Last week, in the midst of the Ig Nobel EuroTour, we encounter this item—item #1— on a menu in a restaurant in Frankfurt, Germany:
Our colleague Merry (“Corky”) White, a food anthropologist based at Boston University, tracked down an explanation of the most colorful named ingredient—gunpowder. The explanation, written by Priyadarshini Nanda, appeared in the NDTV Food blog, on June 12, 2015:
South India’s Spice Hero: How to Make the Famous Gunpowder
…The famous kandi podi from Andhra Pradesh or ‘gunpowder’ is made with equal measures (about half a cup each) of toor dal, moong dal, and chana dal, 10 red chillies, and one teaspoon of cumin seeds. All the ingredients are again dry roasted separately, and brought down to room temperature. Once cooled, it’s ground coarsely so that the textures of each of the ingredients remain distinct. It’s best served with a pouring of hot ghee atop steamed rice….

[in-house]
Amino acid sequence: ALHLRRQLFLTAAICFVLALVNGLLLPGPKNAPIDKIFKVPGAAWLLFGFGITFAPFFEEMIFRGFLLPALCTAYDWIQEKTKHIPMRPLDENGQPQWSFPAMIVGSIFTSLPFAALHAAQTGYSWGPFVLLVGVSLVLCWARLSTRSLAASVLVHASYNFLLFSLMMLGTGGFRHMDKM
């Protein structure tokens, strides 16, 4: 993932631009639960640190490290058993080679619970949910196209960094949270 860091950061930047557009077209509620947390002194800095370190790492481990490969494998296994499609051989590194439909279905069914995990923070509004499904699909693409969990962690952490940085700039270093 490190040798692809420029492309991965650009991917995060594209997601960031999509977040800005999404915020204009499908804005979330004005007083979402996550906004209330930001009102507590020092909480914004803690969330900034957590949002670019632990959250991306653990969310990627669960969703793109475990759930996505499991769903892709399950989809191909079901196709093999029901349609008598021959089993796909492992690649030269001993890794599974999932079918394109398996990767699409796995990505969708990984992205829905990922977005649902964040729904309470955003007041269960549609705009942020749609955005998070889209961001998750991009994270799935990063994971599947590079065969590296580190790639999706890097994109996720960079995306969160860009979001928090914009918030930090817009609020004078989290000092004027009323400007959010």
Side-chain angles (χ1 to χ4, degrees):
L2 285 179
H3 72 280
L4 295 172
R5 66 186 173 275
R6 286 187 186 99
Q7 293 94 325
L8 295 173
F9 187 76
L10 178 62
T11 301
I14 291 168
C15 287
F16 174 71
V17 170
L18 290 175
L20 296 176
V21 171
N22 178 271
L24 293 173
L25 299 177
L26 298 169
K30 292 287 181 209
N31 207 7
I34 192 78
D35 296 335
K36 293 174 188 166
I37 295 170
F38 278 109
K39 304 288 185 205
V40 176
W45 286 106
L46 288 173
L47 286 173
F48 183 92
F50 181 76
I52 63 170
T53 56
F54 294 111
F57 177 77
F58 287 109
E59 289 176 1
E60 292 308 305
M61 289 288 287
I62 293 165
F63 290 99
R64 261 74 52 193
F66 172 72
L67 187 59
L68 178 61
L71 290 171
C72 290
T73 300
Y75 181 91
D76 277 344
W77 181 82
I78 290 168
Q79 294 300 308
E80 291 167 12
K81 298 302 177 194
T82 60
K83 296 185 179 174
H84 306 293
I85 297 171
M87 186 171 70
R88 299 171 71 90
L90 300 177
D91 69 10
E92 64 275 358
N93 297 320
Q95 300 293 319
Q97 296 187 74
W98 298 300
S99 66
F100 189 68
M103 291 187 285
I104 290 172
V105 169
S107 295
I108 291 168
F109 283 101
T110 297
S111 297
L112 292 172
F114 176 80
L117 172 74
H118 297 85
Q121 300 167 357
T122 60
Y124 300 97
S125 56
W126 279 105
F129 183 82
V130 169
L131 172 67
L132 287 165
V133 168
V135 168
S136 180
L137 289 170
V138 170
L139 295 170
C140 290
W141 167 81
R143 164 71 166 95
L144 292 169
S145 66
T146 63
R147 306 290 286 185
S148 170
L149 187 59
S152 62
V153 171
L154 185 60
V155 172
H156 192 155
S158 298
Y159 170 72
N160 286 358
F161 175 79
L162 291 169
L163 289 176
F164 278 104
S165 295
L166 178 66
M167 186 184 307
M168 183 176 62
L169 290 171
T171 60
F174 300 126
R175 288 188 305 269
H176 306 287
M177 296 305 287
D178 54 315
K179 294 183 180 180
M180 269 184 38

Gunpowder is normally eaten with rice and ghee. If it’s used with dosas and idlies, it’s usually mixed with oil. It can also be eaten with rotis and chapatis too. Chutney podi/pudi can be eaten with all of the above, and is used to tweak dishes as well. For instance, if you’re making tawa vegetables, you can sprinkle podi made with peanuts over it for added flavour. Some people even eat it on toast, smearing a bit of ghee and sprinkling some sugar along with it.